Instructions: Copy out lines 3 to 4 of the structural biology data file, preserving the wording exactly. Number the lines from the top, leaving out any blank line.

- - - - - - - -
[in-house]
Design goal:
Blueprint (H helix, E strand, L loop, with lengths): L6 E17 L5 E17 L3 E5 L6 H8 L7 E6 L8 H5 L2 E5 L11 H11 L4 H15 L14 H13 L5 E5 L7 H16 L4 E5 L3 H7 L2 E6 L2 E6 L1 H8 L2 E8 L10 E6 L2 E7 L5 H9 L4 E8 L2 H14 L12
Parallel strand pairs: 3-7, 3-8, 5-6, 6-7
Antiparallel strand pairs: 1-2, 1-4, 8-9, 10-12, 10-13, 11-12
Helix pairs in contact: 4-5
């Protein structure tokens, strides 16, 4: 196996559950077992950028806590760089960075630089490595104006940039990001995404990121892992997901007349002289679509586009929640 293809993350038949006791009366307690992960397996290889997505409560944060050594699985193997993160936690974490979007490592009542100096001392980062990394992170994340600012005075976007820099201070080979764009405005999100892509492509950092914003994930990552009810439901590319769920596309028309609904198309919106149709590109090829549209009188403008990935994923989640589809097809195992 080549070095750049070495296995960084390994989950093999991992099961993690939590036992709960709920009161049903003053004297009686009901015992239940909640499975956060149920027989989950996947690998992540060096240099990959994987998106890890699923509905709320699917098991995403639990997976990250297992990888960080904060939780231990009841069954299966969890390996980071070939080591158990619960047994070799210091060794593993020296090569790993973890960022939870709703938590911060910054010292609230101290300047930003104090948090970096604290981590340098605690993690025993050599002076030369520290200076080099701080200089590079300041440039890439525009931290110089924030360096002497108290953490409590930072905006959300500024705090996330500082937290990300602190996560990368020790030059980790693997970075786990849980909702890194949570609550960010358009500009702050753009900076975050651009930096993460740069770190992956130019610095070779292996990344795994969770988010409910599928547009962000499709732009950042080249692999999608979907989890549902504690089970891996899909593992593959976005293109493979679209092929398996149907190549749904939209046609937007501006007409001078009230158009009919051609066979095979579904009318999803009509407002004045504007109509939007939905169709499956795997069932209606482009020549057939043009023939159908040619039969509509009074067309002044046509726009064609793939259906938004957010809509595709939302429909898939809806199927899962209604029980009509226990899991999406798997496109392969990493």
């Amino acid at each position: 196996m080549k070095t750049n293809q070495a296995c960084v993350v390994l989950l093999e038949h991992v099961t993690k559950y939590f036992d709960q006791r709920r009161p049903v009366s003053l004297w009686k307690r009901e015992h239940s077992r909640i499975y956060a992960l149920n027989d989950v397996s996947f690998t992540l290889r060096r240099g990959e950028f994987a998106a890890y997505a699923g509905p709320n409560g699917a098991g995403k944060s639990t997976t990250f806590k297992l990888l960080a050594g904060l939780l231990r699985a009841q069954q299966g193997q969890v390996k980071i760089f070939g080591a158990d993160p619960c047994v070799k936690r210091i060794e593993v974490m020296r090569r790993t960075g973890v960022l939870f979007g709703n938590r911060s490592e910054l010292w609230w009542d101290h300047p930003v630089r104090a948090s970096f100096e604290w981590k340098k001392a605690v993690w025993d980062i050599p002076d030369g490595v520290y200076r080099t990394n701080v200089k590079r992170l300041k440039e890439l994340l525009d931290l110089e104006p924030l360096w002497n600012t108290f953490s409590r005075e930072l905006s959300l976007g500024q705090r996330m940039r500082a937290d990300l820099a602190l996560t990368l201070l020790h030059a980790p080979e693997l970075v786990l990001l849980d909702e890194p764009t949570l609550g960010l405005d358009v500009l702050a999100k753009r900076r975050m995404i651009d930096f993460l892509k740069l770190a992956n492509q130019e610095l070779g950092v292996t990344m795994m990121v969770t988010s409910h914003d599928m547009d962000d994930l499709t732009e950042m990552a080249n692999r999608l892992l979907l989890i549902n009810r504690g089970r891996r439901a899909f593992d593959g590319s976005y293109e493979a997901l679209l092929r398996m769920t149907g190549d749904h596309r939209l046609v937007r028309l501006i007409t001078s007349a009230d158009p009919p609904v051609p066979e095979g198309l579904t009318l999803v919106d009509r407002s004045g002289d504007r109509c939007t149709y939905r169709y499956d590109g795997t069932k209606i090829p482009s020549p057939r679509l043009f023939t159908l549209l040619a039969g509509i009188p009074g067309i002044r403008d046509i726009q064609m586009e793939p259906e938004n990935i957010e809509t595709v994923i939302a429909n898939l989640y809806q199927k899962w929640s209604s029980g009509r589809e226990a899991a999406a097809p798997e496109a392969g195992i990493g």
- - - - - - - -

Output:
Blueprint (H helix, E strand, L loop, with lengths): L6 E17 L5 E17 L3 E5 L6 H8 L7 E6 L8 H5 L2 E5 L11 H11 L4 H15 L14 H13 L5 E5 L7 H16 L4 E5 L3 H7 L2 E6 L2 E6 L1 H8 L2 E8 L10 E6 L2 E7 L5 H9 L4 E8 L2 H14 L12
Parallel strand pairs: 3-7, 3-8, 5-6, 6-7